A malicious actor siphoned $6 million from music platform Audius through the platform’s decentralized governance system.
The hacker created a malicious proposal requesting the transfer of 18 million AUDIO tokens from the community treasury, an action supposedly approved by the Audius community. He assigned himself as the sole guardian of the contract by calling the smart contract function “initialize(),” according to Twitter user @spreekaway.
Audius initially paused smart contracts and AUDIO tokens to prevent further loss of funds from the community treasury, resuming smart contract functionality soon after. Funds in the community treasury and the foundation treasury are both safe.
The company said it would likely release a full post-mortem tomorrow.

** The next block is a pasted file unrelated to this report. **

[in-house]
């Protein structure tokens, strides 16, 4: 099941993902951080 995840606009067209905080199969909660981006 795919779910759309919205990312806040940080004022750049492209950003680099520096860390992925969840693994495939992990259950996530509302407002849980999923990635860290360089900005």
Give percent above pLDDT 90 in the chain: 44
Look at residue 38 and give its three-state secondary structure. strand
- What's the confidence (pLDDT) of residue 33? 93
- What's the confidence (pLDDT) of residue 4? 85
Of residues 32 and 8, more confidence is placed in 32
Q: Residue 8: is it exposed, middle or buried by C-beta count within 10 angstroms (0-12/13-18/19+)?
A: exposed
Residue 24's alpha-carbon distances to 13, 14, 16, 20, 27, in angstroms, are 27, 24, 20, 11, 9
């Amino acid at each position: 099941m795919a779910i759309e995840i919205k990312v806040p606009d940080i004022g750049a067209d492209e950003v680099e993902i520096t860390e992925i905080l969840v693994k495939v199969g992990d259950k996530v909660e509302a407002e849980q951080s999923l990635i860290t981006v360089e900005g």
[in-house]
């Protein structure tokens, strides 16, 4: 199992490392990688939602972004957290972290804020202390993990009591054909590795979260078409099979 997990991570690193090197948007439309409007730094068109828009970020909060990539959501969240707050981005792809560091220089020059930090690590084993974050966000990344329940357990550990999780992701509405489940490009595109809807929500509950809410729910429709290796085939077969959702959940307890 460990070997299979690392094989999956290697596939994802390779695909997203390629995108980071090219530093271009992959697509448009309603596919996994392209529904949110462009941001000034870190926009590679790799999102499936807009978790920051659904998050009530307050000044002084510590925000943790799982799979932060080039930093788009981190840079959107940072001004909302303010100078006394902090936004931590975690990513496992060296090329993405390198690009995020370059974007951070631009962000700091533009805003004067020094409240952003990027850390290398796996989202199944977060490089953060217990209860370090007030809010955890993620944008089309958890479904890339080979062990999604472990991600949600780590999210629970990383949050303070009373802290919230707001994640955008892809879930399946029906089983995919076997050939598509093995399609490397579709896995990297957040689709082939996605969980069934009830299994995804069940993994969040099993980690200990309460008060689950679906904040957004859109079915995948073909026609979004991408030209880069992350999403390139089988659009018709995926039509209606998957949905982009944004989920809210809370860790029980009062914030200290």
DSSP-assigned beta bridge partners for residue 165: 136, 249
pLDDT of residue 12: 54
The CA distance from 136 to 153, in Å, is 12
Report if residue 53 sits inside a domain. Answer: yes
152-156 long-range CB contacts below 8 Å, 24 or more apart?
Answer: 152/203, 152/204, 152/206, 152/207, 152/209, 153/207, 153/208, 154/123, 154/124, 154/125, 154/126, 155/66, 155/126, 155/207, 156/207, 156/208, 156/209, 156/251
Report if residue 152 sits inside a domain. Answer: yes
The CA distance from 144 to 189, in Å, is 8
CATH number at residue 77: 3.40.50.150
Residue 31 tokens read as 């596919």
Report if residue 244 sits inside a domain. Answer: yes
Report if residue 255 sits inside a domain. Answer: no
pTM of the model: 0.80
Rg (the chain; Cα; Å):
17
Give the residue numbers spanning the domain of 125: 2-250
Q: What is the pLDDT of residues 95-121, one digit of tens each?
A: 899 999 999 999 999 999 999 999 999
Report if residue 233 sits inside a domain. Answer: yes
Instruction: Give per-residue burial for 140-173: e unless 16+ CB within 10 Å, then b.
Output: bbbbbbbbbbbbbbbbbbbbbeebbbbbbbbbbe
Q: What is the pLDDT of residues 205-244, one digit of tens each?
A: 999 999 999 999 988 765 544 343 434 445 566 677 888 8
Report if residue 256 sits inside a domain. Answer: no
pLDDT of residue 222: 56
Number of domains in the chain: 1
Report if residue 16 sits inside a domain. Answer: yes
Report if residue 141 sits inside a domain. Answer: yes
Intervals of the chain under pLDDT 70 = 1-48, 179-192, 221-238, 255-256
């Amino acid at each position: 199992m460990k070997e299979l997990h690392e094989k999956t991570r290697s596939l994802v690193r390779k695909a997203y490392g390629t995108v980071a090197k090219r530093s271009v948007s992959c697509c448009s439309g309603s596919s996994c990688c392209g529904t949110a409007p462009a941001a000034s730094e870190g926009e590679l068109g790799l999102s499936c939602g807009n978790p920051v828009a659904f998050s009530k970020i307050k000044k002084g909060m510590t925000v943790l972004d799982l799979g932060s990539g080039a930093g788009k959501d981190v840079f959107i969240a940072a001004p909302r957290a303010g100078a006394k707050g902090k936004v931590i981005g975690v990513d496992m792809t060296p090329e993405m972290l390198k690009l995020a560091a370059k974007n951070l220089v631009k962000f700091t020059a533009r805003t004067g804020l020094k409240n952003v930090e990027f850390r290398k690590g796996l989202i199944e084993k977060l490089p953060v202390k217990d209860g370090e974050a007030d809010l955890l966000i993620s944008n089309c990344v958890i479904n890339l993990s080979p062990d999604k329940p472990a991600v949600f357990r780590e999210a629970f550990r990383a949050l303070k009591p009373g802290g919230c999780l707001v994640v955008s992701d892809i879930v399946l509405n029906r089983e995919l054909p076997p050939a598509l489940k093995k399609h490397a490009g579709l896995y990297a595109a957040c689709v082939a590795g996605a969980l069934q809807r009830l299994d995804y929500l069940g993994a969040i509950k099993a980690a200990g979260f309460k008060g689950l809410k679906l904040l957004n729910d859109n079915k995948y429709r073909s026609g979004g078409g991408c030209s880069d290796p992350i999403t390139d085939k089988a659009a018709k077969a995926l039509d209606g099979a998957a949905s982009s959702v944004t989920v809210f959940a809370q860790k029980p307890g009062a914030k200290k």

Hacker causes slippage in AUDIO price
After stealing 18 million tokens for $6 million, the hacker sold them for $1.08 million on decentralized exchange Uniswap, causing a slippage in the AUDIO token price. Slippage is the difference between the expected price of a token and the price when the order executes and can be expressed as a percentage or a dollar amount. One investor suggested a buyback to prevent a selloff that would drive the price down further. Another investor gave Audius an ultimatum: recover, else they are out.
An initial investigation by blockchain security company Peckshield pointed to an inconsistent storage layout as the root cause of the problem, which Audius had fixed by press time. The exploit is no longer possible.
Audius cutting out labels
Audius was founded to connect music artists to fans without an intermediary like a label. Initially designed to be a blockchain version of SoundCloud, Audius is where artists can produce immutable tracks that fans can listen to free of charge. Artists have freedom with how they monetize their work and receive 90% of revenue. The remaining 10% is distributed to node operators.
Audius recently launched a service enabling holders
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